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Streaming Butterflies!
by Gail and Bob Morris, Southwest Monarch Study

Can you imagine so many monarchs flying together that it looks like a river? That is just what we found as we approached the monarch colony called Piedra Herrada on February 26, 2013. The river of monarchs was so long we couldn't see either end. There were thousands of butterflies—far too many to count!

The police made the cars drive slowly so no butterflies would get hurt. Even big trucks had to crawl through the cloud of monarchs.

We pulled over and spent several hours enjoying the streaming monarchs and watched it get larger and stronger as the day warmed. Some of the butterflies broke away for a drink. We followed the road until we could see where they were pouring from the hillside unto the road along a narrow canyon. As we followed the path the monarchs were coming up from a steep path where we could hear the trickle of water in the distance above the roar of flapping wings. For me this was a real treat – I'm hearing impaired and longed to hear this vibrant sound of the migration. We noticed some of the monarchs stopped on the sandy path searching for moisture. Others nectared on nearby flowers. Most continued streaming toward the road.

We crossed the road and followed another path where some monarchs stopped to nectar. We were surprised how fresh and new many of the monarchs looked. Less than 20% looked faded or worn. We didn't see any mating anywhere.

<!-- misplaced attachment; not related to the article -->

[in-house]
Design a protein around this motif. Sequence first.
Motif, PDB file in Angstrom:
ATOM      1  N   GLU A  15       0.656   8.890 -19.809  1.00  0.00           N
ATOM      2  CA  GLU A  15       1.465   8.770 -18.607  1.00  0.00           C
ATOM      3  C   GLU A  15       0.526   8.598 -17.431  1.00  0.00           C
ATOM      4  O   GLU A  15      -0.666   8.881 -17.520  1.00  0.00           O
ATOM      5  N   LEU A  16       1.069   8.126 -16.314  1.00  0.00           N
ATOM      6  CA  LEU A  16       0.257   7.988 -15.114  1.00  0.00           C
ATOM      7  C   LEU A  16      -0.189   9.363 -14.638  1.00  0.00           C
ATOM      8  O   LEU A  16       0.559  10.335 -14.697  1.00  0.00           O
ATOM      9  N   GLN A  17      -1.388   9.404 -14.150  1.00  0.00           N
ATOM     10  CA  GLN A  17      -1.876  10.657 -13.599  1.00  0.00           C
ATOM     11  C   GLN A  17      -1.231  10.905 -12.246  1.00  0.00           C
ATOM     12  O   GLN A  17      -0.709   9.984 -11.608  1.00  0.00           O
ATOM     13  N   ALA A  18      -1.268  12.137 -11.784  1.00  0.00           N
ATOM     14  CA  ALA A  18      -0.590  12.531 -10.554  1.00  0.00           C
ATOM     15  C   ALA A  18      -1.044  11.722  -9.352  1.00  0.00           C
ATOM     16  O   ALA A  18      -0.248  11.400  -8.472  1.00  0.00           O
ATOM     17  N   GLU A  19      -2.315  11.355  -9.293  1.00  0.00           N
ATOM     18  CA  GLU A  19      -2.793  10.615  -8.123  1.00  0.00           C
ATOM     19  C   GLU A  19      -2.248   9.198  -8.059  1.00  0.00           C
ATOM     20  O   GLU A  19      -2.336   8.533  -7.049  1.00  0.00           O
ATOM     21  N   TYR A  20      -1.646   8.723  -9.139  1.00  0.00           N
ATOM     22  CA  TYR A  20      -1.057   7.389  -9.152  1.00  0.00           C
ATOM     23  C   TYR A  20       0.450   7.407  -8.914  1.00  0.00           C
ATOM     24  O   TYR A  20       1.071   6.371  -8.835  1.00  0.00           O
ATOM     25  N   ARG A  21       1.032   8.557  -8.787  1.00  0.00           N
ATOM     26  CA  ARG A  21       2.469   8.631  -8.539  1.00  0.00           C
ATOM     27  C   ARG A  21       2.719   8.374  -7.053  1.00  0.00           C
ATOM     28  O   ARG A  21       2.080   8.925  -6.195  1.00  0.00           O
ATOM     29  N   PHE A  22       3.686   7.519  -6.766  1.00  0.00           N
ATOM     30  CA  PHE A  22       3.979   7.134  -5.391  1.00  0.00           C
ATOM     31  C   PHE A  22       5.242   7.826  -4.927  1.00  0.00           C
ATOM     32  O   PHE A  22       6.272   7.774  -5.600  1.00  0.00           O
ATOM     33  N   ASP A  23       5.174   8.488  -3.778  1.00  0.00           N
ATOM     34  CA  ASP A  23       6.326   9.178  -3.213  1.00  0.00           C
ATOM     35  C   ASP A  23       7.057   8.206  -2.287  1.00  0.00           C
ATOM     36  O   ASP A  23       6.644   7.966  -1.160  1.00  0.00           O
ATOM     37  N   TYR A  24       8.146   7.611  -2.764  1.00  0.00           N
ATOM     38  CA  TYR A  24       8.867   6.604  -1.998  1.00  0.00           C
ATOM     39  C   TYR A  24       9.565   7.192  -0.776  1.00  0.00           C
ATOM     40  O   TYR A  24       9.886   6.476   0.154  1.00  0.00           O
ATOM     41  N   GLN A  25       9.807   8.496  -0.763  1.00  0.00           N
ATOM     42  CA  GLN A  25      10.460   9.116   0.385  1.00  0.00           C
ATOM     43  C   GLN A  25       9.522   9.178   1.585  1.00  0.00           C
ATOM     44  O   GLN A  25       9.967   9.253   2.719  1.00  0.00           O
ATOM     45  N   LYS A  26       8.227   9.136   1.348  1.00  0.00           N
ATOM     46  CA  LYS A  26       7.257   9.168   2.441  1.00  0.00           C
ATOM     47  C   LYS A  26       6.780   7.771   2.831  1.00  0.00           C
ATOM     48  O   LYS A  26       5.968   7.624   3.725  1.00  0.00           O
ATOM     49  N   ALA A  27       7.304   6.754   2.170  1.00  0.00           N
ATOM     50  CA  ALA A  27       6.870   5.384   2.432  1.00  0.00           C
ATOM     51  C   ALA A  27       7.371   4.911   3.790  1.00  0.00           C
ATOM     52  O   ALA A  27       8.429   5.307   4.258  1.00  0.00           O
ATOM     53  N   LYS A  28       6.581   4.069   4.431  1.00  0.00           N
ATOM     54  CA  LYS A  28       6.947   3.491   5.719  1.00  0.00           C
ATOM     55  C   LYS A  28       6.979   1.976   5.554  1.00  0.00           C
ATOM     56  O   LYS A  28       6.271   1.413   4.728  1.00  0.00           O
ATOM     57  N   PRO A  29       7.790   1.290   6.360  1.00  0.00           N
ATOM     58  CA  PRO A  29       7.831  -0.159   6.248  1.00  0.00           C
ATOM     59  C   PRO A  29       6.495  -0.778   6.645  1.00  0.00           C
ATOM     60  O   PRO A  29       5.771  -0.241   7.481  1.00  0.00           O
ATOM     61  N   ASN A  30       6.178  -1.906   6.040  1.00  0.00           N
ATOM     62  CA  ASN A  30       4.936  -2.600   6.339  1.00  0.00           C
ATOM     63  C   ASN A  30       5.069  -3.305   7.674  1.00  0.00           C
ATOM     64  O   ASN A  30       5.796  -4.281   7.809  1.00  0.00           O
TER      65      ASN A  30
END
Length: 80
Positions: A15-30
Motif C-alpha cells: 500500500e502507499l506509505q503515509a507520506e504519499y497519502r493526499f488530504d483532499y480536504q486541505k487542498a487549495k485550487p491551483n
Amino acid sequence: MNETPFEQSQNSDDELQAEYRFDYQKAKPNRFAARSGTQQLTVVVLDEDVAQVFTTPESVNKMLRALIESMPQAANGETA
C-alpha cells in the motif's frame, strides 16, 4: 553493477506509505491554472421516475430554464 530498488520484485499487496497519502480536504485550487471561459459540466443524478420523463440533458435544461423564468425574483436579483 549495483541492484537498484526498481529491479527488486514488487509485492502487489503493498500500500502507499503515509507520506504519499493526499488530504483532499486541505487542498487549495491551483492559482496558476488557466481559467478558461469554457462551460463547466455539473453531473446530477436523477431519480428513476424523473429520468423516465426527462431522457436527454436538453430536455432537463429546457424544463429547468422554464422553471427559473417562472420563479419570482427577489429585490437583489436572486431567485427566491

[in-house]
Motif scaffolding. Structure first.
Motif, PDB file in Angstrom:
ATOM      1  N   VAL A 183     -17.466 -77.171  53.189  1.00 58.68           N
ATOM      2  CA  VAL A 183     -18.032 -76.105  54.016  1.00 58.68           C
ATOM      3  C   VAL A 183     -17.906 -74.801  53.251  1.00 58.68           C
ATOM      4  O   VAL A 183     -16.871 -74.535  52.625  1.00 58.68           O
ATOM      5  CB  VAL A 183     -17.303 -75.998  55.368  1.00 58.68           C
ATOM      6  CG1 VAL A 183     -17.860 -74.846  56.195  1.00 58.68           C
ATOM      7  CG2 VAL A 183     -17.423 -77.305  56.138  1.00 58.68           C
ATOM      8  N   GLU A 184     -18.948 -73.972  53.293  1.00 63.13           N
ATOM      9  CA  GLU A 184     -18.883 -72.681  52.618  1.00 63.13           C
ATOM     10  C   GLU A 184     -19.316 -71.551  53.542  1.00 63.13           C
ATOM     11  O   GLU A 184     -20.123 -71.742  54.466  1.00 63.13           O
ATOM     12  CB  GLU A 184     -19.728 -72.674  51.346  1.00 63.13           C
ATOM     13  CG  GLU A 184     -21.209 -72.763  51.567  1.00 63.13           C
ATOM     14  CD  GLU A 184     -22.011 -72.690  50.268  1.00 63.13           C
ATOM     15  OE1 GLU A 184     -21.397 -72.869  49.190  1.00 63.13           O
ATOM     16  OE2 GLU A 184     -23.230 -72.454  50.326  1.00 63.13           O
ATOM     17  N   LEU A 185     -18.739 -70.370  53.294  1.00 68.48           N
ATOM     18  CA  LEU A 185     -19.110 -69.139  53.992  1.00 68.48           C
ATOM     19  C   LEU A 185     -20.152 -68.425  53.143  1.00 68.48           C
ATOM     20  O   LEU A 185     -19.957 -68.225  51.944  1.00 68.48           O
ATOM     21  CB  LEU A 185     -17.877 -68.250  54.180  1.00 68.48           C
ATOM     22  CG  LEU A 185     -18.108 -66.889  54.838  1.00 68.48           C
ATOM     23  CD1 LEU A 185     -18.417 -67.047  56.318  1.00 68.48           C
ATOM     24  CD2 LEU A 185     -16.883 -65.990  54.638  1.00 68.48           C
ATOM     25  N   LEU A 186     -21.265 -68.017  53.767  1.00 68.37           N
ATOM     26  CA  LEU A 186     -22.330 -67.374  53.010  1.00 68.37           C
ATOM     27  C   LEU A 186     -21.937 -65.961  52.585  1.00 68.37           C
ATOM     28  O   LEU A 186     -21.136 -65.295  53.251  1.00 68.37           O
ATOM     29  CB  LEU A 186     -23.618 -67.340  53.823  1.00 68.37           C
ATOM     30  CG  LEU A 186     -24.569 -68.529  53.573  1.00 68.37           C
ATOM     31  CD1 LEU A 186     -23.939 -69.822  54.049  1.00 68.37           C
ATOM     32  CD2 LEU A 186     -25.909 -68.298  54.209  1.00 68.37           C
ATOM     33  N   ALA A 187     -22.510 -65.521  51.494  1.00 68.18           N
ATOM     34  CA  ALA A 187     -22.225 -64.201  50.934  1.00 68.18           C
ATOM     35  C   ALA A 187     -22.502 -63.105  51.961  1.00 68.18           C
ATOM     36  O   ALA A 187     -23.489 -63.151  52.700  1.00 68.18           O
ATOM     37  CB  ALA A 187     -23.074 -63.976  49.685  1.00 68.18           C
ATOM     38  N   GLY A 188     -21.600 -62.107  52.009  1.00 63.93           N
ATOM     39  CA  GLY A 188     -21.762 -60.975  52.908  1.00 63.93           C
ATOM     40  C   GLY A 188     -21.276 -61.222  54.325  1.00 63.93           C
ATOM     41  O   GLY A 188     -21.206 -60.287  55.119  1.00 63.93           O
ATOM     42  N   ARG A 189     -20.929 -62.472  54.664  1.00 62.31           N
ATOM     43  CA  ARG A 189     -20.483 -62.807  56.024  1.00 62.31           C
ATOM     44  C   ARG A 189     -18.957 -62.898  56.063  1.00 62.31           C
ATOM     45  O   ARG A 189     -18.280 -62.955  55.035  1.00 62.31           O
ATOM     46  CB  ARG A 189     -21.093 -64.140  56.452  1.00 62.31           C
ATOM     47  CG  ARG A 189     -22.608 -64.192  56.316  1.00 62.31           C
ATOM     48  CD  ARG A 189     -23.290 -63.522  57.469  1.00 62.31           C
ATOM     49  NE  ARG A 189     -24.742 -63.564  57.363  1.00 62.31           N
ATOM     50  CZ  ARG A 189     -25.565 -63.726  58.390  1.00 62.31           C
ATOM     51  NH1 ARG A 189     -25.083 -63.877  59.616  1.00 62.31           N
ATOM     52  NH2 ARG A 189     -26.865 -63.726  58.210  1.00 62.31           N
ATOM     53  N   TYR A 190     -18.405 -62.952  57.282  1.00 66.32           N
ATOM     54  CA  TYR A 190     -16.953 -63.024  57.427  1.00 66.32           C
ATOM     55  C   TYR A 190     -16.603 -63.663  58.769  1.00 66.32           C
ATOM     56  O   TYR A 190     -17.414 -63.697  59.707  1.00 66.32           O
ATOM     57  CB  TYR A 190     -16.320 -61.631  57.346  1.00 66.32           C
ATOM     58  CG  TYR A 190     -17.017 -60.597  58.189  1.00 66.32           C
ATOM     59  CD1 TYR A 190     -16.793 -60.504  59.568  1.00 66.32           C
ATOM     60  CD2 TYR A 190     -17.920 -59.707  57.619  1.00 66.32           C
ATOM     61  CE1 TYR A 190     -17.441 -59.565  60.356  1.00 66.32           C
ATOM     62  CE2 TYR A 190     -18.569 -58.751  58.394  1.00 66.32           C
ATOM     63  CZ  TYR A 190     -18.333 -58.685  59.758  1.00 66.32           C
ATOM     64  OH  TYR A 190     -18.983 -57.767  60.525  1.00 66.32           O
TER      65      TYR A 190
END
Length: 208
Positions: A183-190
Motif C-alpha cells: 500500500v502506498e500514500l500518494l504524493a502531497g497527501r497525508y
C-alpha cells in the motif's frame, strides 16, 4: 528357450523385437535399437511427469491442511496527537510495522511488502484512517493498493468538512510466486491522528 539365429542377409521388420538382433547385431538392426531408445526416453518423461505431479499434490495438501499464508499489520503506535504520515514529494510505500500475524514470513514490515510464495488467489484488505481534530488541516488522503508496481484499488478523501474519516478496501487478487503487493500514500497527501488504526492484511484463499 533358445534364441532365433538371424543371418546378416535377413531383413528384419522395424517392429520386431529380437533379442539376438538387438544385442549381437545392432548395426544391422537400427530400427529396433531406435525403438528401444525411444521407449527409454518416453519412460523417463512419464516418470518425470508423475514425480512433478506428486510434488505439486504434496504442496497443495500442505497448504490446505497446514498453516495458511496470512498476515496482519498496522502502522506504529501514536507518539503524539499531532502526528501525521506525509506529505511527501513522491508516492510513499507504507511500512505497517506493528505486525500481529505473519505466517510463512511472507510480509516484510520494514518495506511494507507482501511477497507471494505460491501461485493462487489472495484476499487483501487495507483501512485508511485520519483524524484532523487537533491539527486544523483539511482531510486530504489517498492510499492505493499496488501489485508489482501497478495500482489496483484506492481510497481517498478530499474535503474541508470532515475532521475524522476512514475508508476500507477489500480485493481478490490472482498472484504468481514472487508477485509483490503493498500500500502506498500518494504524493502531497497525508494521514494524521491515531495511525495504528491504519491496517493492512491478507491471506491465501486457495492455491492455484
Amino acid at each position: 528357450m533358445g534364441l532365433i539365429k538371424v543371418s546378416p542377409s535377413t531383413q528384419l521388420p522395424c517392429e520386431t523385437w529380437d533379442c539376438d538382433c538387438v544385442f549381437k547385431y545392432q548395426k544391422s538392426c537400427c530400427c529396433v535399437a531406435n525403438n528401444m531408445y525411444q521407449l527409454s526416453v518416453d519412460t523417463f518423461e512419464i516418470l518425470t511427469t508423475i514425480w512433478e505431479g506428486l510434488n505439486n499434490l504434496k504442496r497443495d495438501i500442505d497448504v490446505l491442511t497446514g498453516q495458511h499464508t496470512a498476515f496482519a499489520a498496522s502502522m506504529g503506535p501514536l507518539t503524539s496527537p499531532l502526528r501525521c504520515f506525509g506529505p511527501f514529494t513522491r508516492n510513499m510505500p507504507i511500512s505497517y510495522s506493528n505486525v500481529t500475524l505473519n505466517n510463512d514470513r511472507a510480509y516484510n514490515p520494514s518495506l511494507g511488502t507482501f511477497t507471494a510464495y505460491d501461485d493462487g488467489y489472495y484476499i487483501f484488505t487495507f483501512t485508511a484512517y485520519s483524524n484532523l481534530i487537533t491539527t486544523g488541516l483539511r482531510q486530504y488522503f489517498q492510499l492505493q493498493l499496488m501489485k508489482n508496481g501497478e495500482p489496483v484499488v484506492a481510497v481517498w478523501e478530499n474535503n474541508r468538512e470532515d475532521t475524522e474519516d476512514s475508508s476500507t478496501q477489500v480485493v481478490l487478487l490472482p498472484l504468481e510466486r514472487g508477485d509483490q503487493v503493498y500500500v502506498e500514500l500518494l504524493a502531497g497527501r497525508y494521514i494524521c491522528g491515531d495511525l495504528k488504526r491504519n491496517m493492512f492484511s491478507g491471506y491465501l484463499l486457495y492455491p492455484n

The area near Piedra Herrada is very dry this year so the monarchs landed on sandy soil to search for any drop of water they could find. Other monarchs stopped to find nectar on nearby flowers. We were surprised how fresh and new many of the monarchs still looked after their long winter hanging in clusters in the oyamel forest.

Scientists say that when the monarchs begin to stream across the road it means they will soon start their long journey back to the United States and Canada. The people of nearby Macheros will be watching for the monarchs to begin leaving soon and monarch watchers in Texas and the southern states will be watching their milkweed closely for the first monarchs to appear!

Remember last week when Estele reported that we found two blue tags from Arizona at El Rosario? Well, Bob and I were delighted to meet Mr. Melquiades Moreno in Macheros who found more tags from Arizona! I hope everyone can see how we in Arizona (and likely other Western states) also have a vested interest in understanding and protecting habitat in Mexico as well.

Gail & Bob Morris
Southwest Monarch Study

Map of Monarch Butterfly Sanctuaries in Mexico
Monarch Sanctuaries
Streaming Monarchs at Overwintering Region in Mexico

Streaming Monarchs at Overwintering Region in MexicoStreaming monarchs

"We could hear the trickle of water in the distance above the roar of flapping wings."

Streaming Monarchs at Overwintering Region in Mexico
Dry conditions

Streaming Monarchs at Overwintering Region in MexicoFresh-looking wings

Streaming Monarchs at Overwintering Region in Mexico
The Moreno family

Streaming Monarchs at Overwintering Region in MexicoFour tags found
Blue-colored tags mean the monarchs came from the southwestern United States.

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